Friday

August 29, 2014

August 29, 2014

Posted by **sied** on Thursday, October 10, 2013 at 7:44pm.

What is the work done by the friction force on the block while it is sliding down the inclined plane? Express your answer in terms of , , , , , and (enter theta for , mu_1 for , and mu_2 for ).

unanswered

Answer:

(b) What is the work done by the gravitational force on the block while it is sliding down the inclined plane? Express your answer in terms of , , , , , and (enter theta for , mu_1 for , and mu_2 for ).

unanswered

Answer:

(c) What is the kinetic energy of the block just at the bottom of the inclined plane? Express your answer in terms of , , , , , and (enter theta for , mu_1 for , and mu_2 for ).

d) After leaving the incline, the block slides along the rough surface until it comes to rest. How far has it traveled? Express your answer in terms of , , , , , and (enter theta for , mu_1 for , and mu_2 for ).

- Physics -
**Count Iblis**, Thursday, October 10, 2013 at 10:14pmThe height is L sin(theta). The decrease in the gravitational potential energy is thus m g L sin(theta).

The magnitude of the component of the gravitational force orthogonal to the incline is m g cos(theta), therefore the normal force is equal to

m g cos(theta). The friction force is thus equal to mu_1 m g cos(theta), the work done by the friction force is thus:

- mu_1 m g cos(theta) L

the minus sign coming from the fact that the force has a direction oposite to the displacement.

The kinetic energy at the bottom of the incline is thus given by:

m g L [sin(theta) - mu_1 cos(theta)]

Then there is a big mistake in the problem, because it assumes that the block will start to slide on the rough horizontal surface with with an initial velocity that corresponds to the above kinetic energy, but this wrong. I'll explain that later.

If the kinetic energy at the start of the horizntal rough surface is E, then you obviously have that the distance d it will travel satisfies:

mu_2 m g d = E

So, d = E/(mu_2 m g).

Now, you can't take E equal to

m g L [sin(theta) - mu_1 cos(theta)]

because the block has to change direction which requires an extra normal force and therefore additional friction forces. To calculate this effect, let's assume that the change in direction happens on the surface with coefficient of friction mu_1 over a very short distance at the ground level.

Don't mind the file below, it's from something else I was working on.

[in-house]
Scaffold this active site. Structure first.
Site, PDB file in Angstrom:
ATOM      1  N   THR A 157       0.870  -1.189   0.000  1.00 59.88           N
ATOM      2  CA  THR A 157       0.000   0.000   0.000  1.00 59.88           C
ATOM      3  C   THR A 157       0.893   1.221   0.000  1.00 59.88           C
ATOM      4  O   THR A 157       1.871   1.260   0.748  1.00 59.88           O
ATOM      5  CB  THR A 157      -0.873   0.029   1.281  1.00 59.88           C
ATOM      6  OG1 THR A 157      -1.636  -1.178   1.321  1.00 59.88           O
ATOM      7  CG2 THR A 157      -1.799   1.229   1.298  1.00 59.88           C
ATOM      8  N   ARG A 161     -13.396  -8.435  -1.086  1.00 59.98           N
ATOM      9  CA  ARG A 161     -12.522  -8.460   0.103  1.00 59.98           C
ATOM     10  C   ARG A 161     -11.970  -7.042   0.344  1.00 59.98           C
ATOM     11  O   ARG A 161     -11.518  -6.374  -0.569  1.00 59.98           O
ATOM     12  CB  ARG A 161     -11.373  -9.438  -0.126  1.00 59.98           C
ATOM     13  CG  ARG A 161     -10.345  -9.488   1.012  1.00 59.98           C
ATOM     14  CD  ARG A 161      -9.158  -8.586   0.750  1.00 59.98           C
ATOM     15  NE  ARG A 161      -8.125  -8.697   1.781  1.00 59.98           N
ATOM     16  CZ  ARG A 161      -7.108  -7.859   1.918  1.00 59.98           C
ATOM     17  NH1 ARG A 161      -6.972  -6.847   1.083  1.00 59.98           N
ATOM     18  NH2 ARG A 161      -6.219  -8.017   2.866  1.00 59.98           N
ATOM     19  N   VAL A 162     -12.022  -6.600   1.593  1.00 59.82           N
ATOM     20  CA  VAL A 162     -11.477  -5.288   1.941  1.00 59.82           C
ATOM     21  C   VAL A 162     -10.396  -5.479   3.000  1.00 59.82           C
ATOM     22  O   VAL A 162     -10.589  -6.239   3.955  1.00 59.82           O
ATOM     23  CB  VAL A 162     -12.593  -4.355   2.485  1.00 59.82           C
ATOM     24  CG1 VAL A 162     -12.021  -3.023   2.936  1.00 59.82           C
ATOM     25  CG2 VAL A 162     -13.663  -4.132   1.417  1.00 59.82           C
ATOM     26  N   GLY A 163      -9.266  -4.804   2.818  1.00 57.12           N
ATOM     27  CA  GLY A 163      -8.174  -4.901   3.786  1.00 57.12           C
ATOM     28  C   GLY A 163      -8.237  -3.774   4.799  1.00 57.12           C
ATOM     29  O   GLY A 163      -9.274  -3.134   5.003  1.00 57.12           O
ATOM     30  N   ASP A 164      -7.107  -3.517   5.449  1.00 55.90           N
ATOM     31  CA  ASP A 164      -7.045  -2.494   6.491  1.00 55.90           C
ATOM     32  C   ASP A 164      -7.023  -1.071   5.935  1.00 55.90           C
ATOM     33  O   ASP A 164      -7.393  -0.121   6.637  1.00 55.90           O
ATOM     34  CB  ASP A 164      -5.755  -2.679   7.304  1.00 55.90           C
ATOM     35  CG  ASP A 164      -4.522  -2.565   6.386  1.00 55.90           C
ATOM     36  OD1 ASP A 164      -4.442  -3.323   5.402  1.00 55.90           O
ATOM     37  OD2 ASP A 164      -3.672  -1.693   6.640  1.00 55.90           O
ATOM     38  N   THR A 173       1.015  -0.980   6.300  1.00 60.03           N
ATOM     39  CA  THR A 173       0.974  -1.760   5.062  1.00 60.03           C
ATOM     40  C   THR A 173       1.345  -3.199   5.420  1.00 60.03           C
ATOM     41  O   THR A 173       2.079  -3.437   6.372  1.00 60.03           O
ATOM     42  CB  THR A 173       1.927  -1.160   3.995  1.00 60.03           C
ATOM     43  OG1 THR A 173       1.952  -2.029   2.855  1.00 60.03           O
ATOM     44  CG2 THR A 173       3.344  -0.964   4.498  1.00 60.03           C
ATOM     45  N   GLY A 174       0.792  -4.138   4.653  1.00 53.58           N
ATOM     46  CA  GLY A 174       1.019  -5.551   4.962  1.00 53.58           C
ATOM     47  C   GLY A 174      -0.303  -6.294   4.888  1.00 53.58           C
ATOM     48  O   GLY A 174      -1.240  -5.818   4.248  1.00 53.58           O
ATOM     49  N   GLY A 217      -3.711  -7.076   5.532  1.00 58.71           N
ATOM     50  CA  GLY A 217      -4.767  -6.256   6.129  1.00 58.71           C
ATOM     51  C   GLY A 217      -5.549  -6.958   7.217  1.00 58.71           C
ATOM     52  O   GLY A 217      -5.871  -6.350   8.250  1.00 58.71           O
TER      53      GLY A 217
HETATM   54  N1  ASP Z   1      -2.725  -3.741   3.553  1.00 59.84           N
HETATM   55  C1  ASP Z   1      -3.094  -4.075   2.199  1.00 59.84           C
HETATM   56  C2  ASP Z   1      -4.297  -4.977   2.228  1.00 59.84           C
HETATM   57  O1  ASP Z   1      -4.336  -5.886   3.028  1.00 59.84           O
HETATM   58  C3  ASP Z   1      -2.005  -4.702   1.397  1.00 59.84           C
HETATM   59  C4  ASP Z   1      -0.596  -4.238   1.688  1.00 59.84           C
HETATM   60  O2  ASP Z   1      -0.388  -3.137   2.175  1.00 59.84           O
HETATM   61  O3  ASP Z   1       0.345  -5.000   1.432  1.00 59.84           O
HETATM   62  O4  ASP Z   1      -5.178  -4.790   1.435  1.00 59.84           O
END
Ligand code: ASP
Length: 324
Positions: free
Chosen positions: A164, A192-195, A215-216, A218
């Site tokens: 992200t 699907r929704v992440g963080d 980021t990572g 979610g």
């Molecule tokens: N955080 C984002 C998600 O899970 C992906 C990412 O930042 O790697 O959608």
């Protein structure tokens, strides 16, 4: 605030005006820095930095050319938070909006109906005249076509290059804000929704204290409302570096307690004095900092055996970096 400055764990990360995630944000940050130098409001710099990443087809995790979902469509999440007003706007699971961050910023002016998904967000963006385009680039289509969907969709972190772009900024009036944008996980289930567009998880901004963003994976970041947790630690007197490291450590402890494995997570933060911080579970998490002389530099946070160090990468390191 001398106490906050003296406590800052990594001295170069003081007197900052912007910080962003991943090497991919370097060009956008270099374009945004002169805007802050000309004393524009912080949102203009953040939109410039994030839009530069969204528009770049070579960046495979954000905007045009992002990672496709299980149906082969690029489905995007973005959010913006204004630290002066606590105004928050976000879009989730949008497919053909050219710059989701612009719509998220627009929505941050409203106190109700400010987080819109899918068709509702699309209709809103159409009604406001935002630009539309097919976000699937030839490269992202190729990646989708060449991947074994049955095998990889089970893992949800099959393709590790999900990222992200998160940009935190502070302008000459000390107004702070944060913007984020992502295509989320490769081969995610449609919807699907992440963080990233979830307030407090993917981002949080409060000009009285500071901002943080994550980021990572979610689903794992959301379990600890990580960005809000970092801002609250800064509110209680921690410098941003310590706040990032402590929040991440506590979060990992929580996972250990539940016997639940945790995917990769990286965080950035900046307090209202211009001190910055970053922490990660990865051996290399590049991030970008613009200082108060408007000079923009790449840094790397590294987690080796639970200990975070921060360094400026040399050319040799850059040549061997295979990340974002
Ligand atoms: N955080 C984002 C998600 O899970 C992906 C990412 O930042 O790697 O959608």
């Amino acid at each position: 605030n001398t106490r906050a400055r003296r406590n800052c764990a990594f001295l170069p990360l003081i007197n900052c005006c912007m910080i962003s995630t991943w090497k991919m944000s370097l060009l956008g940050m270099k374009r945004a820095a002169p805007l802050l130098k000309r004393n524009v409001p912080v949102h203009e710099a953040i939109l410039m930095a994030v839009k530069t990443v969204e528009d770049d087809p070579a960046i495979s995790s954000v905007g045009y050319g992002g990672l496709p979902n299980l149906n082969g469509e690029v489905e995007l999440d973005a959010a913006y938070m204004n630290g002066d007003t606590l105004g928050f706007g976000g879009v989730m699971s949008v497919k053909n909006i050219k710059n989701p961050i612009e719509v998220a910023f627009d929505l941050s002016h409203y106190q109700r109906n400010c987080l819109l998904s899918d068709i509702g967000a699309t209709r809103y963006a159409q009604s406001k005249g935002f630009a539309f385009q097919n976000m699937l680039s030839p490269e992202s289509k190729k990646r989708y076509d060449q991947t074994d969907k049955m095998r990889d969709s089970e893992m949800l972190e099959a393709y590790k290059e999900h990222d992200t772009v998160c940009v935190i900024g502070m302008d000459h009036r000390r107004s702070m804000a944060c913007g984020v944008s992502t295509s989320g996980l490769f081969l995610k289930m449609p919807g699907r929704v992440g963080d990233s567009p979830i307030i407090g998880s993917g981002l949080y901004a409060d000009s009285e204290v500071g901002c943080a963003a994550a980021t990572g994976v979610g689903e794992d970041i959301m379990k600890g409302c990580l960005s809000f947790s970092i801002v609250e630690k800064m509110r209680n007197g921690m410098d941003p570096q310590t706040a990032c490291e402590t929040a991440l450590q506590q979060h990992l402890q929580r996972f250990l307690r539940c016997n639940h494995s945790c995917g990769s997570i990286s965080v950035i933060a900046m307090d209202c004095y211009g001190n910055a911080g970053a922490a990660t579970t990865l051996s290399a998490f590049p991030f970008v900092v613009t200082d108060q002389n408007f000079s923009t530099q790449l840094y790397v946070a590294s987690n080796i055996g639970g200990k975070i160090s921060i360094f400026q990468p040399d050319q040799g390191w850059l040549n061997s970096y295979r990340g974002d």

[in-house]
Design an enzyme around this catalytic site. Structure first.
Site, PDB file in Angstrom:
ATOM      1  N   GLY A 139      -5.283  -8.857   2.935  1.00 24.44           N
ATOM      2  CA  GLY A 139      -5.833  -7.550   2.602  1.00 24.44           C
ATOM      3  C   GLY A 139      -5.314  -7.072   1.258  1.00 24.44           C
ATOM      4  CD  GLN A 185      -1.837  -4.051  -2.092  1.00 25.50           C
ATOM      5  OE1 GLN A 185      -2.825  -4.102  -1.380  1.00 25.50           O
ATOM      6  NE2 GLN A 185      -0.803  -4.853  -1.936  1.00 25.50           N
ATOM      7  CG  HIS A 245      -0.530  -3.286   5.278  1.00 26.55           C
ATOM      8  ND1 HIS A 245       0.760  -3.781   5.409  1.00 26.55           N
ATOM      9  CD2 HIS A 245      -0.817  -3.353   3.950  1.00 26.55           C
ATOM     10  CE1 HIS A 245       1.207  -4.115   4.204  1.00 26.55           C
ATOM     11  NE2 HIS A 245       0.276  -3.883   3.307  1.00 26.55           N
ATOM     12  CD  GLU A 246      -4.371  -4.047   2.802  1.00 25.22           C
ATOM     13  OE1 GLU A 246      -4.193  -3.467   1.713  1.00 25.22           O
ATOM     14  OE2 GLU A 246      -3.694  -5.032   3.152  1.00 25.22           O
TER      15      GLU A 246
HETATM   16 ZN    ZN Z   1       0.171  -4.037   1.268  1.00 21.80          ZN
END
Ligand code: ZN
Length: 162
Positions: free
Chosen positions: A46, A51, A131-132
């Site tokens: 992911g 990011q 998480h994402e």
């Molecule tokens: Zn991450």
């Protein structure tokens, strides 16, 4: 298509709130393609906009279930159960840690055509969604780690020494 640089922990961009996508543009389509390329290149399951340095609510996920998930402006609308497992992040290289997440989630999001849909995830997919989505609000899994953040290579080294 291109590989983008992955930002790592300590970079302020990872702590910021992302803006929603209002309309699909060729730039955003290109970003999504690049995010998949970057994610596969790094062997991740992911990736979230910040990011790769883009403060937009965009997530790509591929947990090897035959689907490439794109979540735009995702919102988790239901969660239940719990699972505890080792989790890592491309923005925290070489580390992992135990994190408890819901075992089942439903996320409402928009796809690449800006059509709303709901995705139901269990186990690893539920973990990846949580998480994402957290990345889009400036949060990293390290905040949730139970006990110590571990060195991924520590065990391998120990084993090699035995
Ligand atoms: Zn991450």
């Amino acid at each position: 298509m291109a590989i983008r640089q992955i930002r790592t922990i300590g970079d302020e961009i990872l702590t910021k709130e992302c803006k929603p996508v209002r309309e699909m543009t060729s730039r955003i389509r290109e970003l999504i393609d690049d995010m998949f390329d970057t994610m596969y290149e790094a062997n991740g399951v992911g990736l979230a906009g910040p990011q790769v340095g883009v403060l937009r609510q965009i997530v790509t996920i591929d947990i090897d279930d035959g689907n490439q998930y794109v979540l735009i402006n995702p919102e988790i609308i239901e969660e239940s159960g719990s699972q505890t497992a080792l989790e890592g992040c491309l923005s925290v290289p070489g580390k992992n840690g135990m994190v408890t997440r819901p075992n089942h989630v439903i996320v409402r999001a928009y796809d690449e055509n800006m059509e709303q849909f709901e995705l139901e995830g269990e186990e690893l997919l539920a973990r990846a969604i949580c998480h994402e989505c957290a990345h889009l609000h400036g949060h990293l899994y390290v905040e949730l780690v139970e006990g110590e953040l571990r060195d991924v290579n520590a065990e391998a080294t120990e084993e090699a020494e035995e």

Then what happens is that the component of the block in the vertical direction will have to vanish when the incline levels off and the block is about to enter the rough surface. The integral of the component of the normal force in the vertical direction over time during the change of direction is thus equal to p sin(theta) where p is the magnitude of the initial momentum.

The friction force is always orthogonal to the normal force, and equal to mu_1 times that normal force. Therefore the component of the friction force in the horizontal direction is - mu_1 times the component if the normal force in the vertical direction, the integral over time during the change in direction is thus equal to

-mu_1 p sin(theta) and this is then the change in the component of the momentum in the horizontal direction.

The initial kinetic energy was:

E1 =

m g L [sin(theta) - mu_1 cos(theta)]

This is also given in terms of the momentum as:

E1 = p^2/(2m)

therefore:

|p| = sqrt(2 m E1)

the initial horizontal component is thus:

|p| cos(theta) = sqrt(2 m E1) cos(theta)

The final horizontal component is thus:

sqrt(2 m E1)*

[cos(theta) - mu_1 sin(theta)]

and this is the total momentum because the vertical component will have vanished as the incline levels off.

The kinetic energy at the start of the rough surface is thus:

E = E1 [cos(theta) - mu_1 sin(theta)]

The distance the block will slide is thus given by:

d = E/(mu_2 m g) =

L/mu_2 [cos(theta) - mu_1 sin(theta)]*

[sin(theta) - mu_1 cos(theta)] =

[1/2(1+mu_1^2)sin(2 theta)-mu_1]L/mu_2

- Physics -
**Count Iblis**, Friday, October 11, 2013 at 10:19amCorrection of the last part:

The kinetic energy at the start of the rough surface is thus:

E = E1 [cos(theta) - mu_1 sin(theta)]^2

The distance the block will slide is thus given by:

d = E/(mu_2 m g) =

L/mu_2 [cos(theta) - mu_1 sin(theta)]^2* [sin(theta) - mu_1 cos(theta)] =

[1/2(1+mu_1^2)sin(2 theta)-mu_1]*

[cos(theta) - mu_1 sin(theta)] L/mu_2

- Physics -
**dude**, Tuesday, October 15, 2013 at 3:33pmu r a genious man..!

**Related Questions**

General Physics - The 5 kg block in the figure slides down a frictionless curved...

Physics - A 4.3-kg block slides down an inclined plane that makes an angle of 26...

Physics - A 4.6-kg block slides down an inclined plane that makes an angle of 26...

physics - A 5.4 kg block slides down an inclined plane that makes an angle of 38...

Physics - A 5.1 kg block slides down an inclined plane that makes an angle of 26...

physics - An block of mass m , starting from rest, slides down an inclined plane...

physics - An block of mass m , starting from rest, slides down an inclined plane...

physics - A block of mass 12.0 kg slides from rest down a frictionless 35.0° ...

physics - The 2 kg block in Figure 7-25 slides down a frictionless curved ramp, ...

ap physics - Starting from rest, a 10.2 kg block slides 2.90 m down a ...